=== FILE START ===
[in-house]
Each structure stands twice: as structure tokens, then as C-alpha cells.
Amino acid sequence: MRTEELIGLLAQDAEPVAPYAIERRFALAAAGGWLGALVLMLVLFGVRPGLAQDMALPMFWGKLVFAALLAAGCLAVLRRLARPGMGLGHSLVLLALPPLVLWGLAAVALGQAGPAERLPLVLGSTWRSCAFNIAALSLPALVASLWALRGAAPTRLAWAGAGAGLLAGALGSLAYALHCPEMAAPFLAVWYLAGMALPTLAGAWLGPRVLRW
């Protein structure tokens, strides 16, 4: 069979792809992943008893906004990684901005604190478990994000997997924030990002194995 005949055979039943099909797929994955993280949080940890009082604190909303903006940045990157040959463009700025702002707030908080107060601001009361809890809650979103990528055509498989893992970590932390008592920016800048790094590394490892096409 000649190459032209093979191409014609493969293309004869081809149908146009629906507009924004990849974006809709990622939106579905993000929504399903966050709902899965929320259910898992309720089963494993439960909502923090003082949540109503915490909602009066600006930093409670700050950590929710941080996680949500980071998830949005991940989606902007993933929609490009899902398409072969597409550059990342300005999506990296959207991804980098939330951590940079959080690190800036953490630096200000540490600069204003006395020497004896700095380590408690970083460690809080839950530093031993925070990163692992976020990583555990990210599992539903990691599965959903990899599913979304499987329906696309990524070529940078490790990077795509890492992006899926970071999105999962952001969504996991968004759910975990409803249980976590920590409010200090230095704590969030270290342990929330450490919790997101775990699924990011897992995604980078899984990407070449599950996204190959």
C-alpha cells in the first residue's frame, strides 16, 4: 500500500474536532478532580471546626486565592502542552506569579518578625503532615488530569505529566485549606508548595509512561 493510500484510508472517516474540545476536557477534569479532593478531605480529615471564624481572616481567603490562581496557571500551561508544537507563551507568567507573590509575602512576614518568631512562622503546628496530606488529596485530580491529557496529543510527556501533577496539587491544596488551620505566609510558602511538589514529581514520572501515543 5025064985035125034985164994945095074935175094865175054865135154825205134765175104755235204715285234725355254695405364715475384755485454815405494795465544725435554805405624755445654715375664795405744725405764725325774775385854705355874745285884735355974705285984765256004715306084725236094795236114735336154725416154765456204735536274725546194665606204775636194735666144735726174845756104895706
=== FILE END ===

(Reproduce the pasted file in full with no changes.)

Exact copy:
[in-house]
Each structure stands twice: as structure tokens, then as C-alpha cells.
Amino acid sequence: MRTEELIGLLAQDAEPVAPYAIERRFALAAAGGWLGALVLMLVLFGVRPGLAQDMALPMFWGKLVFAALLAAGCLAVLRRLARPGMGLGHSLVLLALPPLVLWGLAAVALGQAGPAERLPLVLGSTWRSCAFNIAALSLPALVASLWALRGAAPTRLAWAGAGAGLLAGALGSLAYALHCPEMAAPFLAVWYLAGMALPTLAGAWLGPRVLRW
């Protein structure tokens, strides 16, 4: 069979792809992943008893906004990684901005604190478990994000997997924030990002194995 005949055979039943099909797929994955993280949080940890009082604190909303903006940045990157040959463009700025702002707030908080107060601001009361809890809650979103990528055509498989893992970590932390008592920016800048790094590394490892096409 000649190459032209093979191409014609493969293309004869081809149908146009629906507009924004990849974006809709990622939106579905993000929504399903966050709902899965929320259910898992309720089963494993439960909502923090003082949540109503915490909602009066600006930093409670700050950590929710941080996680949500980071998830949005991940989606902007993933929609490009899902398409072969597409550059990342300005999506990296959207991804980098939330951590940079959080690190800036953490630096200000540490600069204003006395020497004896700095380590408690970083460690809080839950530093031993925070990163692992976020990583555990990210599992539903990691599965959903990899599913979304499987329906696309990524070529940078490790990077795509890492992006899926970071999105999962952001969504996991968004759910975990409803249980976590920590409010200090230095704590969030270290342990929330450490919790997101775990699924990011897992995604980078899984990407070449599950996204190959």
C-alpha cells in the first residue's frame, strides 16, 4: 500500500474536532478532580471546626486565592502542552506569579518578625503532615488530569505529566485549606508548595509512561 493510500484510508472517516474540545476536557477534569479532593478531605480529615471564624481572616481567603490562581496557571500551561508544537507563551507568567507573590509575602512576614518568631512562622503546628496530606488529596485530580491529557496529543510527556501533577496539587491544596488551620505566609510558602511538589514529581514520572501515543 5025064985035125034985164994945095074935175094865175054865135154825205134765175104755235204715285234725355254695405364715475384755485454815405494795465544725435554805405624755445654715375664795405744725405764725325774775385854705355874745285884735355974705285984765256004715306084725236094795236114735336154725416154765456204735536274725546194665606204775636194735666144735726174845756104895706